Analysis & Opinions - The New York Times

The Four Lessons of Impeachment

| Nov. 22, 2019

They are not all depressing.

After two weeks of compelling testimony in the House impeachment inquiry, it’s worth weighing what has emerged. Four conclusions stand out.

First, there is now overwhelming testimony and evidence that affirm the deeply troubling revelation contained in President Trump’s summary of his “perfect” July 25 phone call with the newly elected president of Ukraine, Volodymyr Zelensky. Mr. Trump withheld an important Oval Office meeting and nearly $400 million in urgently needed military assistance from Ukraine to compel Mr. Zelensky to open, or at least announce, two investigations — one that would seek to exonerate Russia and dishonestly implicate Ukraine in interference in the 2016 election, and another that aimed to tar former Vice President Joe Biden with false corruption charges in relation to his work on Ukraine during the Obama administration.

Both of the long-sought investigations were based on manufactured and discredited allegations, and both served only one purpose: to advantage Mr. Trump politically. It is clear that Mr. Trump abused his power to extort bogus dirt on his chief rival for personal political gain.

Some allies of the president have insisted that this is no big deal because the United States routinely leverages White House meetings and assistance to obtain concessions from foreign governments. Yet they fail to acknowledge that such leverage is properly used only to advance American policy objectives — not to service the personal interests of any individual, including the president. Thus, when Vice President Biden threatened to hold back economic assistance unless a corrupt Ukrainian prosecutor was removed, he was acting in support of bipartisan American, European and International Monetary Fund policy to curb official corruption in Ukraine. Mr. Biden did it openly, transparently and not, as Mr. Trump has falsely claimed, to protect his son Hunter.

Second, these hearings have amply demonstrated the extraordinary caliber and character of our nonpartisan career Foreign Service officers, civil servants and uniformed military personnel. The intellect, integrity, selflessness and sense of duty displayed by each of the officials who testified — even in the face of harsh personal attacks and efforts at witness intimidation orchestrated by the president — are extraordinary. They reflect the commitment to country that I witnessed every day for 16 years when I was privileged to serve alongside these kinds of apolitical officers.

Yet Mr. Trump and Republicans in Congress have denigrated and demeaned these public servants, placing them in physical danger — just because they prioritized their duty to the law and the Constitution above slavish devotion to any president. Beyond this disgrace, the president and his acolytes are assassinating the collective character of all career public servants — disparaging them as the “Deep State,” “Never-Trumpers” and un-American.

In rhetoric that recalls the darkest days of McCarthyism, Republican leaders will seemingly stop at nothing to destroy public faith in our public servants. This is the very “deconstruction of the administrative state” that Steve Bannon, the former White House chief strategist, heralded as the administration’s goal. And who wins when the State Department, intelligence and law enforcement agencies and the Pentagon struggle to attract and retain top talent? Not Americans. It serves only our adversaries who want to hollow out our bureaucracy, weaken our national institutions and discredit our democratic model.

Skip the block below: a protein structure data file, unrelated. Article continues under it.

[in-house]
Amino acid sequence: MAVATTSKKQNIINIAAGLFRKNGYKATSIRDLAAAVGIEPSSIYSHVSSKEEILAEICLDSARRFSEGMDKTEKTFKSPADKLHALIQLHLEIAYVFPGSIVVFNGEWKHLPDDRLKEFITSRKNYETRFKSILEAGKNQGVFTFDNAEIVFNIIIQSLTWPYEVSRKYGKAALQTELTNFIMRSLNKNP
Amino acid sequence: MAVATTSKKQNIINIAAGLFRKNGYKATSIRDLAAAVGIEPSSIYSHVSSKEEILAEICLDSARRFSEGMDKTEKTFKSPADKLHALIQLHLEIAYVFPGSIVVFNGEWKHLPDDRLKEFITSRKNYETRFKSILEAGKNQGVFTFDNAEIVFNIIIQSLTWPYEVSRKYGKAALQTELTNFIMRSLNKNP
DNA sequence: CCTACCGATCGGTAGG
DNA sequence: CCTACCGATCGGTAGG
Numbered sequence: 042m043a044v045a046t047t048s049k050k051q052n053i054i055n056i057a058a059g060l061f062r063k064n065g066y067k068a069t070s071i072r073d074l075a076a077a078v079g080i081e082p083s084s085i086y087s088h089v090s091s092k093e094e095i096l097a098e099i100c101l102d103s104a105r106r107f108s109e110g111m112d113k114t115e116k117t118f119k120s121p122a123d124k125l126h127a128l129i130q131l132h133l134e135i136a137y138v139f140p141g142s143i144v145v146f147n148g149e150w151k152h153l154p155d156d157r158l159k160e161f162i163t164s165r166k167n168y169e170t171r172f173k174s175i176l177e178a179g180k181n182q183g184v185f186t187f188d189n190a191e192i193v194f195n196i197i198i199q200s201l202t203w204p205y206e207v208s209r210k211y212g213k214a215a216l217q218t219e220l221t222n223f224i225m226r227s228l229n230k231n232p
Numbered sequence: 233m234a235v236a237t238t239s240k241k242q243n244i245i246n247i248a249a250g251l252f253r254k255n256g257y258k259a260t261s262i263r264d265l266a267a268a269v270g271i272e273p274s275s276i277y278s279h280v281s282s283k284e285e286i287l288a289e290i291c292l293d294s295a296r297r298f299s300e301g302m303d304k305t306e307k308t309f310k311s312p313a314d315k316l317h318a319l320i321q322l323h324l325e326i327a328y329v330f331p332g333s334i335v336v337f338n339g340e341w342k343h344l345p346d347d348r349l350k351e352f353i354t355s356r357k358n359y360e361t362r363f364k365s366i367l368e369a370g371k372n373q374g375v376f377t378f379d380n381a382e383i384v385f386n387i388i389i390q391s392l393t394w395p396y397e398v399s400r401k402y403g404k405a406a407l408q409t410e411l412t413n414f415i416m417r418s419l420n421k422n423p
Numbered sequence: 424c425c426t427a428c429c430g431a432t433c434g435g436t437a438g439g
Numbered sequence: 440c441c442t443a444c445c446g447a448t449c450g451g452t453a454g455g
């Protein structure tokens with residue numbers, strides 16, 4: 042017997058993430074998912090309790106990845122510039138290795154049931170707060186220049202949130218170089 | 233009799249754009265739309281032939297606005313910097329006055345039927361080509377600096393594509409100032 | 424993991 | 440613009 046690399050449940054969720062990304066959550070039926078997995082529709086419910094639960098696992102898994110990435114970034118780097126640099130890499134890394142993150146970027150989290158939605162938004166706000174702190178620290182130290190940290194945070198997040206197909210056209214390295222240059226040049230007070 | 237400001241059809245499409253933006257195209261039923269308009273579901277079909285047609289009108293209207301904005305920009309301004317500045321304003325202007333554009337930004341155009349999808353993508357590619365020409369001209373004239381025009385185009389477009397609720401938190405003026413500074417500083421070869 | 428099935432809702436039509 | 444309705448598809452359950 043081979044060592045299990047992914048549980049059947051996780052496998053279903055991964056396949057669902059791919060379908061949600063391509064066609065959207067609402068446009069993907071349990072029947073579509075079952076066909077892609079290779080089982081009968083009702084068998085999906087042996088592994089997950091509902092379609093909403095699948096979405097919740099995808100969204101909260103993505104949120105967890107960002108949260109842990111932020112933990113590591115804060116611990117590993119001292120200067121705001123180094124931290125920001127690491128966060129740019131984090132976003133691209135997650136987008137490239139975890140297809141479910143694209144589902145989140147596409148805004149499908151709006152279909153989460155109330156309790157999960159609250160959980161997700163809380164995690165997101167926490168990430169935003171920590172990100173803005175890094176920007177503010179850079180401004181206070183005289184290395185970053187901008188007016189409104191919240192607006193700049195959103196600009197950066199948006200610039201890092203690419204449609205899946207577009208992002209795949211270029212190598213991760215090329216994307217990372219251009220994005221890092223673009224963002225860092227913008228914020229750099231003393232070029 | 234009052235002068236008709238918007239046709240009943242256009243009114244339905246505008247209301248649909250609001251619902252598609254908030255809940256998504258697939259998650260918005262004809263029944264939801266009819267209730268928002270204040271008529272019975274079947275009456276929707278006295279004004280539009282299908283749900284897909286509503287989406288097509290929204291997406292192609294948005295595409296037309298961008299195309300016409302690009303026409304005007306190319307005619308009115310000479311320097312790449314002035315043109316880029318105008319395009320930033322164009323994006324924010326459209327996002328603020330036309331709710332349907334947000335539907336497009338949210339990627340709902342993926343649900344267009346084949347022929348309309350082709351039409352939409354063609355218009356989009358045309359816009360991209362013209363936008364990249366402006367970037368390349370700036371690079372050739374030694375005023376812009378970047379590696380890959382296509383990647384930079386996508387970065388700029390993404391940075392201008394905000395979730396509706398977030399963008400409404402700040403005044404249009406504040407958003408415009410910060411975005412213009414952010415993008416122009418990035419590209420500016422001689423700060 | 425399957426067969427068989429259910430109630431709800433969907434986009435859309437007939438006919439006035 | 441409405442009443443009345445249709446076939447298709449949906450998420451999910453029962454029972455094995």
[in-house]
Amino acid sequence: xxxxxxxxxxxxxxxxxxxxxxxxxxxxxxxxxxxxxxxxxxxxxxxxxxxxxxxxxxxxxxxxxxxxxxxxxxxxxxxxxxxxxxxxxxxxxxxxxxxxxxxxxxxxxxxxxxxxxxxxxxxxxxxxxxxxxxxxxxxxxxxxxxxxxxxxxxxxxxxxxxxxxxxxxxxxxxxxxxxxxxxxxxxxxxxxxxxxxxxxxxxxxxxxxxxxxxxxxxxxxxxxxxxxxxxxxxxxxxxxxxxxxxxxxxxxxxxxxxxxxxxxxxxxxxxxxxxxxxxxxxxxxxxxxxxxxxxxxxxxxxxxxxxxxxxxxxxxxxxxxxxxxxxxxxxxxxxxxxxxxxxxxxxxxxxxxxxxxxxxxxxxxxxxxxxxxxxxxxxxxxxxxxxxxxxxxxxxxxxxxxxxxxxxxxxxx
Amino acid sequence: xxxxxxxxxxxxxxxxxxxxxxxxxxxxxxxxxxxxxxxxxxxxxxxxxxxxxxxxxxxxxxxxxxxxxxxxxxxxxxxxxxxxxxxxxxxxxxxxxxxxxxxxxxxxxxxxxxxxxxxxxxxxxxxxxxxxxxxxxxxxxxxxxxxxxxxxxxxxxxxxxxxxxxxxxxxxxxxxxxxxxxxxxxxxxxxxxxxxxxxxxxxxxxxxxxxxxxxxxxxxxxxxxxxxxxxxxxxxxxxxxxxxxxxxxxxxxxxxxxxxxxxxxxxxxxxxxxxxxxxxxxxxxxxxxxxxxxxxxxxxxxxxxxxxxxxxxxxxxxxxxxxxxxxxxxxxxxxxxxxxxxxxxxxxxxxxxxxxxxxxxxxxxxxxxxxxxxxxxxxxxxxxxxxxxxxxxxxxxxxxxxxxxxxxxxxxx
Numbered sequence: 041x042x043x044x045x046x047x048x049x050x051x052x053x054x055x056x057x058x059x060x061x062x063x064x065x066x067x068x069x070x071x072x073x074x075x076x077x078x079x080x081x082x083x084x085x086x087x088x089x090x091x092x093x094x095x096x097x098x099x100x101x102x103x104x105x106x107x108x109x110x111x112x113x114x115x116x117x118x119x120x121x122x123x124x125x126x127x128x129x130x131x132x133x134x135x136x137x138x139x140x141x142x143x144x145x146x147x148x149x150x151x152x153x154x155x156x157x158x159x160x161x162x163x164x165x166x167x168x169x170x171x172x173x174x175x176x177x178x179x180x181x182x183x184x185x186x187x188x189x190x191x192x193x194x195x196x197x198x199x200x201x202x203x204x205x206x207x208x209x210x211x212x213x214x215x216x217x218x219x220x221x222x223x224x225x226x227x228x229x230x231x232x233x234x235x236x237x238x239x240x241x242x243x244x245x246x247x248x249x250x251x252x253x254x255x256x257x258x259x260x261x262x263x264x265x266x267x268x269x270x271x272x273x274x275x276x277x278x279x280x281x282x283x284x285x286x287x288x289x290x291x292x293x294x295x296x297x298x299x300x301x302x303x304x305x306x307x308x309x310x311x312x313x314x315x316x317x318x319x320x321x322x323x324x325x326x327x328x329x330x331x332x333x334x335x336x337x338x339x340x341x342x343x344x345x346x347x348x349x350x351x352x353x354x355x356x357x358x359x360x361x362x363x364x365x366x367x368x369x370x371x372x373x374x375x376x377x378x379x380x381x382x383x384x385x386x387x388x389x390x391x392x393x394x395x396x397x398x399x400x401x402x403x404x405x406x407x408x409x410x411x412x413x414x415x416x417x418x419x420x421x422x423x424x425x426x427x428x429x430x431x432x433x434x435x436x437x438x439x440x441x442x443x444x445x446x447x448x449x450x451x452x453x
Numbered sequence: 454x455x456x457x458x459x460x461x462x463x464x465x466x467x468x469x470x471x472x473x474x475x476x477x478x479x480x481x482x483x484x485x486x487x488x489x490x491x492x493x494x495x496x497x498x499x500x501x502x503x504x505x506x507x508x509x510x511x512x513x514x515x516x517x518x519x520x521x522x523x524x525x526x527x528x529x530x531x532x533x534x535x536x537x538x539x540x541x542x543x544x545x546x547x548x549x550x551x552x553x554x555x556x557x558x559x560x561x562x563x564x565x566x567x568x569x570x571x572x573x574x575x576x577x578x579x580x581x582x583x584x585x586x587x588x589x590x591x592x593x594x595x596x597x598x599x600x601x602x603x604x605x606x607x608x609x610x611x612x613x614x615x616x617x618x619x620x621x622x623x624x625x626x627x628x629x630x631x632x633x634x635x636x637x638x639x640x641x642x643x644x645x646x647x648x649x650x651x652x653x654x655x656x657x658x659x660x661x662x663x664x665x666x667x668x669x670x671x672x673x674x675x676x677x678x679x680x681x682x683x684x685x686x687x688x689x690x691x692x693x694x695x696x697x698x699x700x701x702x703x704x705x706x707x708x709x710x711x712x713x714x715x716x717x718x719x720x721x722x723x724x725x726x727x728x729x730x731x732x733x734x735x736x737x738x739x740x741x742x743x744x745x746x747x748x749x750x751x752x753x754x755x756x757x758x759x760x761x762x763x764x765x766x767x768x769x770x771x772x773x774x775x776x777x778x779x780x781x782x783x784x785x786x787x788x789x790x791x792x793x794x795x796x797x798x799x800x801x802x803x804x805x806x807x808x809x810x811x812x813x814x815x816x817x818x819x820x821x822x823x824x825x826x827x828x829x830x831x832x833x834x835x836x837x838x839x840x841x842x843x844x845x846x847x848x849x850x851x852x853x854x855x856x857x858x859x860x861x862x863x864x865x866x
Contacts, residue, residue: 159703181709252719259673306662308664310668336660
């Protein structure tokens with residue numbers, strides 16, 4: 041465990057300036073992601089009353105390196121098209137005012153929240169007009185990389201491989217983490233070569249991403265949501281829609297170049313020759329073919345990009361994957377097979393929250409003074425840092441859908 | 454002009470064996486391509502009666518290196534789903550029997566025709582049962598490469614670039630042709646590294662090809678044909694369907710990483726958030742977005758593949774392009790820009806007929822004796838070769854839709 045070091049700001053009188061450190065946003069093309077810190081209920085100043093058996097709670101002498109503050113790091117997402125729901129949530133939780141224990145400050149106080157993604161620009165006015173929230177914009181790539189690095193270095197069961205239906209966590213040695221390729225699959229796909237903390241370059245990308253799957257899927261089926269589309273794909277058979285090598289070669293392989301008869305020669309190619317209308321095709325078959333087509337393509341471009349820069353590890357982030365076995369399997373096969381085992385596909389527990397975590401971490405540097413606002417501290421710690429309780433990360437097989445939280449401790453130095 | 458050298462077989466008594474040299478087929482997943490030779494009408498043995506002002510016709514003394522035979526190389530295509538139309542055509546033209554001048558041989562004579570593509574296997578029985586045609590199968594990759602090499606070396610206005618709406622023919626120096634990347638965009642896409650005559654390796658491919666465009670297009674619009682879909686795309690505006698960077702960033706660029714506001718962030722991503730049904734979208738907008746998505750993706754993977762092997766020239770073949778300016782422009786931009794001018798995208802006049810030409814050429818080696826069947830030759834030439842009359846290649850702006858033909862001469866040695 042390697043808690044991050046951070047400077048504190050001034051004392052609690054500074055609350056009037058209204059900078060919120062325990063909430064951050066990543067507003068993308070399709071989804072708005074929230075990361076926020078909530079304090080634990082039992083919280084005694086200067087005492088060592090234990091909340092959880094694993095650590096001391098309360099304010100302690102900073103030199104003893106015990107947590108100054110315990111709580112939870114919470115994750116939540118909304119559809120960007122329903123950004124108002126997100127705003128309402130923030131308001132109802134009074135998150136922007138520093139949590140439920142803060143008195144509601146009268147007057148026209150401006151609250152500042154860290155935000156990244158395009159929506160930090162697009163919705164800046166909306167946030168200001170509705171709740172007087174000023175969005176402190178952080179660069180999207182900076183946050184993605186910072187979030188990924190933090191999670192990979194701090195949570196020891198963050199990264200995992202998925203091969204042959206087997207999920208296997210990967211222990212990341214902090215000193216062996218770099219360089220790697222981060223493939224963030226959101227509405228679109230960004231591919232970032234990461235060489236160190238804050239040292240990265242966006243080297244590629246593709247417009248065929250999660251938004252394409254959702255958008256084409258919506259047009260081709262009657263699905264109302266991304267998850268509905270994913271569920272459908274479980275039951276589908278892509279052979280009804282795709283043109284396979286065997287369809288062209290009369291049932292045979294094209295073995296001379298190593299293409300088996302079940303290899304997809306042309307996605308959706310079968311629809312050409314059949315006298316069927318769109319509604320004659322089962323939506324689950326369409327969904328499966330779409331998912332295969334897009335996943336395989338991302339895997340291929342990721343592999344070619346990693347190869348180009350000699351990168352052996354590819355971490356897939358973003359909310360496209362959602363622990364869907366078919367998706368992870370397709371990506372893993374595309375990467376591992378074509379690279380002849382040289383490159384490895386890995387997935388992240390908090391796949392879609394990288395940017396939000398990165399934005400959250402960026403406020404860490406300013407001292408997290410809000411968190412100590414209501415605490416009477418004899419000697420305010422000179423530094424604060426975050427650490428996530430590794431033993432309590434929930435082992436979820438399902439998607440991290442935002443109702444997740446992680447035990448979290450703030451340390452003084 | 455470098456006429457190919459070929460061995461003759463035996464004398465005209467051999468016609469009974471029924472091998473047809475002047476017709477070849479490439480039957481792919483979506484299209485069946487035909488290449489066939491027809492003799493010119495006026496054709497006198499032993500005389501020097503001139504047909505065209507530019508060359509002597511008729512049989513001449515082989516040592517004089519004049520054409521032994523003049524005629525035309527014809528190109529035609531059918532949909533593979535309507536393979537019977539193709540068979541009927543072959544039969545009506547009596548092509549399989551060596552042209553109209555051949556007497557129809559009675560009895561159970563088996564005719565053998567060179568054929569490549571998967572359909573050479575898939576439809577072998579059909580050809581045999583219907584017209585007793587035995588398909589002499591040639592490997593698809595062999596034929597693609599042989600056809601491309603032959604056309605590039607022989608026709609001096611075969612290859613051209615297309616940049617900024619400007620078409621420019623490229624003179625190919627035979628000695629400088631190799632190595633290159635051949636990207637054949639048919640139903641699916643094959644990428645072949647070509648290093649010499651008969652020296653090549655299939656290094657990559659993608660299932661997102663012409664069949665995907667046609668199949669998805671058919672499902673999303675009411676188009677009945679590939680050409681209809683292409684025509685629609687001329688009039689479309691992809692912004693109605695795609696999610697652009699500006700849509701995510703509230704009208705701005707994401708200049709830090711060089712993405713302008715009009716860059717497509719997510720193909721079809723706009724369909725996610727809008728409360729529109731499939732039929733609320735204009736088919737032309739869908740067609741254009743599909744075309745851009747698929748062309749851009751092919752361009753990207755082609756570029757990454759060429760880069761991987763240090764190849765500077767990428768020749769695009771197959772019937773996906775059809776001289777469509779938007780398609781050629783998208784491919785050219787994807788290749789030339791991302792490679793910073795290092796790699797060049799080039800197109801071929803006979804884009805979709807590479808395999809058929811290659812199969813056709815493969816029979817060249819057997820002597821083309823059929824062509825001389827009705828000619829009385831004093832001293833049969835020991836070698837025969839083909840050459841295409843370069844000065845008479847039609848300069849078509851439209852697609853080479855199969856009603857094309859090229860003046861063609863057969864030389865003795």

Third, it is now abundantly apparent that most Republicans in Congress have abandoned all semblance of serving the national interest. Their desperate resort to distortions, discredited conspiracy theories and blatant lies to distract from damning facts that implicate President Trump has replaced any pretense of performing their duties. From attacking the press to smearing witnesses and refusing to engage in congressional oversight responsibilities, the Republican Party has sacrificed its principles and traditions to preserve its political power — at the expense of our country.

Our separation of powers, the guard rail of our Constitution, fails when half the legislative branch abdicates its duty to hold the executive branch accountable. The cost of this failure will endure long beyond this presidency and is already signaling that our democracy is not only diminished but also increasingly dysfunctional.

And last, as Fiona Hill ably testified on Thursday, the primary beneficiary of our domestic dysfunction and divisions is President Vladimir Putin of Russia. Republicans in Congress are spouting Russian-sponsored conspiracy theories that disparage Ukraine and obscure Russian interference in our democracy. President Trump consistently takes actions with respect to NATO, Ukraine, Syria and elsewhere that accrue to Russian rather than American interests.

While Americans spew venom at one another, Russia is working overtime to pour salt into our wounds. Using social media every day to inflame distrust, fear and hate, Russia is pitting Americans against one another by fueling extremes on both sides of every divisive issue, whether race, immigration or guns.

Mr. Putin seeks to dismantle democracy and destroy America’s standing as a global leader. The only question is whether we will allow him to succeed.

  – Via The New York Times.

For more information on this publication: Belfer Communications Office
For Academic Citation: Rice, Susan.“The Four Lessons of Impeachment.” The New York Times, November 22, 2019.

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